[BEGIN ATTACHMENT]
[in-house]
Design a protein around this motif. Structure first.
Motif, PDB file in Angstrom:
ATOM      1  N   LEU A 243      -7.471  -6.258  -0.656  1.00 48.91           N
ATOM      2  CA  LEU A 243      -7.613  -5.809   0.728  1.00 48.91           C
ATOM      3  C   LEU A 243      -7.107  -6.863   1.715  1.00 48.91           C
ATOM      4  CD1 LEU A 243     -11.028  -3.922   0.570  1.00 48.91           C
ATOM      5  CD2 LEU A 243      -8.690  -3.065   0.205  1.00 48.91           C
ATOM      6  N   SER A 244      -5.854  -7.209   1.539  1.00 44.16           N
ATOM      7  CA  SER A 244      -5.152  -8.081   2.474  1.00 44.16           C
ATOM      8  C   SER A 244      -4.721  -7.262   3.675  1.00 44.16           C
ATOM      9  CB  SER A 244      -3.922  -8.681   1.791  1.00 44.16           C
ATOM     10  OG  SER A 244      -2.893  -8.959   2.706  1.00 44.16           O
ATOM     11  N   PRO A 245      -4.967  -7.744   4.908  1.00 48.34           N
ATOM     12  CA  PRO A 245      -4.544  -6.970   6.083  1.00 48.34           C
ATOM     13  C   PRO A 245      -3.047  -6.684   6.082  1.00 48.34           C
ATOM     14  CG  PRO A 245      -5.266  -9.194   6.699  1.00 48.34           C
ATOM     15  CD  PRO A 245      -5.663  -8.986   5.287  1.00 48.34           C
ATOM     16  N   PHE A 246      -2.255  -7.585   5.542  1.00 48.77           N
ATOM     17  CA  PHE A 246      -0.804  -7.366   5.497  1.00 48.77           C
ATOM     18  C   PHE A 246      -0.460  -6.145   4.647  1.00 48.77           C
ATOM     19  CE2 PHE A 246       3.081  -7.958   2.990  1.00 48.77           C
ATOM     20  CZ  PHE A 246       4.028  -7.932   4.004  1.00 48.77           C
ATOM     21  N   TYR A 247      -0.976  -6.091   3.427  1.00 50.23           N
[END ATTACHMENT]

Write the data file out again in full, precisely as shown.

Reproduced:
[in-house]
Design a protein around this motif. Structure first.
Motif, PDB file in Angstrom:
ATOM      1  N   LEU A 243      -7.471  -6.258  -0.656  1.00 48.91           N
ATOM      2  CA  LEU A 243      -7.613  -5.809   0.728  1.00 48.91           C
ATOM      3  C   LEU A 243      -7.107  -6.863   1.715  1.00 48.91           C
ATOM      4  CD1 LEU A 243     -11.028  -3.922   0.570  1.00 48.91           C
ATOM      5  CD2 LEU A 243      -8.690  -3.065   0.205  1.00 48.91           C
ATOM      6  N   SER A 244      -5.854  -7.209   1.539  1.00 44.16           N
ATOM      7  CA  SER A 244      -5.152  -8.081   2.474  1.00 44.16           C
ATOM      8  C   SER A 244      -4.721  -7.262   3.675  1.00 44.16           C
ATOM      9  CB  SER A 244      -3.922  -8.681   1.791  1.00 44.16           C
ATOM     10  OG  SER A 244      -2.893  -8.959   2.706  1.00 44.16           O
ATOM     11  N   PRO A 245      -4.967  -7.744   4.908  1.00 48.34           N
ATOM     12  CA  PRO A 245      -4.544  -6.970   6.083  1.00 48.34           C
ATOM     13  C   PRO A 245      -3.047  -6.684   6.082  1.00 48.34           C
ATOM     14  CG  PRO A 245      -5.266  -9.194   6.699  1.00 48.34           C
ATOM     15  CD  PRO A 245      -5.663  -8.986   5.287  1.00 48.34           C
ATOM     16  N   PHE A 246      -2.255  -7.585   5.542  1.00 48.77           N
ATOM     17  CA  PHE A 246      -0.804  -7.366   5.497  1.00 48.77           C
ATOM     18  C   PHE A 246      -0.460  -6.145   4.647  1.00 48.77           C
ATOM     19  CE2 PHE A 246       3.081  -7.958   2.990  1.00 48.77           C
ATOM     20  CZ  PHE A 246       4.028  -7.932   4.004  1.00 48.77           C
ATOM     21  N   TYR A 247      -0.976  -6.091   3.427  1.00 50.23           N